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7 Conclusions and Recommendations CONCLUSIONS Current Monitoring Effort 1. Ale total amount of money and effort expended by public utilities, private industry, and government agencies in monitoring of water quality, natural resources, and public health in the Southern California Bight is ex- traordinarily large. A conservative estimate is that current annual expenses for monitoring far exceed $17 million (see Chapter 4~. 2. Most water quality monitoring programs are organized around the outfalls of several large coastal municipal wastewater treatment plants and electric power generating stations and are elaborately detailed in their requirements. 3. The California Cooperative Oceanic Fisheries Investigation (Cal- COFI) for natural marine resources in the California Current system and Southern California Bight has been unparalleled among marine resource monitoring programs in terms of its commitment to a long-term time-series assessment. However, station coverage has been reduced by budget cuts. 4. Significant sources of chemical and microbial contaminants con- tained in riverine and stormwater discharges to the bight have not been adequately monitored as part of the marine monitoring system in the bight. 142

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143 Lack of Program Integration 5. There are no formal institutional mechanisms for integrating the findings from the different ongoing monitoring programs. This means that there is no mechanism for integrating the results from monitoring of various point sources with each other or with the findings of the resource or public health monitoring programs. 6. There is no system for interrelating the findings of various moni- toring programs to present a coherent picture of the whole. This precludes evaluating the human impacts of bightwide human inputs in the context of natural variability, and thus it is difficult to evaluate whether corrective actions are effective. 7. There currently is no effective system for reporting findings of monitoring programs to the public, the scientific community, or policy makers. 8. The monitoring programs in specific permits have been designed to address small-scale discrete questions with little attention paid to the overall question of the status of natural resources and water quality of the Southern California Bight as a whole. 9. In the past, there have been recommendations for bightwide water quality, public health, and natural resource monitoring programs. These recommendations have not been implemented. RECOMMENDATIONS A Regional Approach 10. The questions of bightwide inputs and their impacts are growing in importance. Many of them could be addressed in a regional monitoring program. A regional program should be established that: addresses specific questions about the current environmental con- dition of the bight and the resources therein, including those associated with public health impacts, spatial and temporal trends in natural resources, nonpoint source and riverine contributions, nearshore habitat changes, and cumulative or areawide impacts of large and small point and nonpoint source inputs; incorporates standardized sampling, analysis, and data management methods; establishes a comprehensive data base management system for all monitoring and resource data in the bight, which could provide access to the historic and current data needed to perform comprehensive and bightwide analyses;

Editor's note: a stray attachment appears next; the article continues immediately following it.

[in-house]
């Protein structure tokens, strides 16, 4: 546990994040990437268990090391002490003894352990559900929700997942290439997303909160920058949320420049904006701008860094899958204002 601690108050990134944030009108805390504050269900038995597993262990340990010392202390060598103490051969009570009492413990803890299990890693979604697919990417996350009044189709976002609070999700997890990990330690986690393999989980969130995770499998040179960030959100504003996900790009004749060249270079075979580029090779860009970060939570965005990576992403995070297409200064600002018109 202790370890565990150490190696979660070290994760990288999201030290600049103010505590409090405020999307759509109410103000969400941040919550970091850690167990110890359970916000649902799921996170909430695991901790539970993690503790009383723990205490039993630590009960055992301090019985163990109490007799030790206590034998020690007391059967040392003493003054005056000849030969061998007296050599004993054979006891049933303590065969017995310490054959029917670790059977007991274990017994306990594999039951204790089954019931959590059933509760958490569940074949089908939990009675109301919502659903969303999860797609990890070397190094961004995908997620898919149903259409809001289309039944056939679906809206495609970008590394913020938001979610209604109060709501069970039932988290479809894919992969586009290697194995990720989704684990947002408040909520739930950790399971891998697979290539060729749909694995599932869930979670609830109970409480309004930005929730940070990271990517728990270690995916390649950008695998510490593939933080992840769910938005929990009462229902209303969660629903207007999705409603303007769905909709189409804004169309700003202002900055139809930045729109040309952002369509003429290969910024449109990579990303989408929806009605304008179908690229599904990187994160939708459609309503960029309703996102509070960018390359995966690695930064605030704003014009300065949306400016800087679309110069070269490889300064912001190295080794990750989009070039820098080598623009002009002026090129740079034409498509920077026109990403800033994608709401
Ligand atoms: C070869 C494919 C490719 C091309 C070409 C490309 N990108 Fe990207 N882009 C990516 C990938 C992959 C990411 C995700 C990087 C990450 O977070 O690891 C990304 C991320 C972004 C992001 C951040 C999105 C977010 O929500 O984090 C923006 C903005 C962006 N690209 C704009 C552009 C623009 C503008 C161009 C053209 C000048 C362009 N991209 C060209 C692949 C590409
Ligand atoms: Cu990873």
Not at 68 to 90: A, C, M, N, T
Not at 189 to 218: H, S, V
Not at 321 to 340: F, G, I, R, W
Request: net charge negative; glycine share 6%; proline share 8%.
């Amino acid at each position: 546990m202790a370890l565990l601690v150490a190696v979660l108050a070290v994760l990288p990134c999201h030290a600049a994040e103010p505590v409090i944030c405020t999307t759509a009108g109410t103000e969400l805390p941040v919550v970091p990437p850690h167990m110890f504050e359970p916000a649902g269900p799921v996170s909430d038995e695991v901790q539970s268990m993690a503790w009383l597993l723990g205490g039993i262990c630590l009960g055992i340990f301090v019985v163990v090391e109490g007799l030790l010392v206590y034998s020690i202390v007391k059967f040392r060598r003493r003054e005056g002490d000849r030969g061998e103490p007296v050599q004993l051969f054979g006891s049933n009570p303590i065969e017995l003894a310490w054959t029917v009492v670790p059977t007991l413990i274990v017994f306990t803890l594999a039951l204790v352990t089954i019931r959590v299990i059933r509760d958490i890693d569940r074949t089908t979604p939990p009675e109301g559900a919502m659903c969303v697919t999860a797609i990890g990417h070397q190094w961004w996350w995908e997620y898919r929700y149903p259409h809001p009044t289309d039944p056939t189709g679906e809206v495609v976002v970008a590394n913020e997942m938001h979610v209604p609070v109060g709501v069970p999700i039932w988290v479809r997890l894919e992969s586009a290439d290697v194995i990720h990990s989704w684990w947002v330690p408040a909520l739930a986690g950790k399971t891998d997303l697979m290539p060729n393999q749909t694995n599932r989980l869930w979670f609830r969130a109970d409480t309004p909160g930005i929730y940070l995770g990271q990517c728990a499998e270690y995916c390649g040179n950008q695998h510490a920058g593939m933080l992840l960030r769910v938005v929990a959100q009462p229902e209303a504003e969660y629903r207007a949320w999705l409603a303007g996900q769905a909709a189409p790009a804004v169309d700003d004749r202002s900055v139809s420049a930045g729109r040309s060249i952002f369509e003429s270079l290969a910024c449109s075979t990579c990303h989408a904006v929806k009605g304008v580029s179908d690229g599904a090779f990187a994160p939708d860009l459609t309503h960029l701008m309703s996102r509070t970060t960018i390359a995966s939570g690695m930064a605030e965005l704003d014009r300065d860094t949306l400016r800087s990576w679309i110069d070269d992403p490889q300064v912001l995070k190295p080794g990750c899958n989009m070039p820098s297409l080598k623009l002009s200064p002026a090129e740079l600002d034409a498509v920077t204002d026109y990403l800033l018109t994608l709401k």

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144 can be facilitated through the coordination of local, state, and federal entities, which integrate their regulatory, data, and management needs and responsibilities to optimize the utilization of available resources; can be achieved largely through coordination, integration, and modification of existing efforts, rather than through the addition of another layer of monitoring in the bight; can be developed to involve the public and the scientific community as participants in the program; includes built-in mechanisms to ensure that its conclusions are effectively communicated to the public, the scientific community, and reg- ulatory agencies; and includes mechanisms to require periodic review and to allow easy alteration or redirection of monitoring efforts when they are justified, based on the results of the monitoring or new information from other sources. The effort to develop a regional program will need to address the needs of the agencies and parties involved in monitoring; synthesis of existing data and information in order to construct meaningful questions and null hy- potheses; drafting of an organizational framework; drafting of a monitoring program; and allocating the financial resources required to carry out the program. If properly implemented, the benefits and the costs of a regional monitoring program can be shared by all sectors of society. However, it should also be noted that a regional approach ultimately has to consider the effects of competing uses on land, water, and air quality, and tradeoffs between short- and long-term costs and benefits.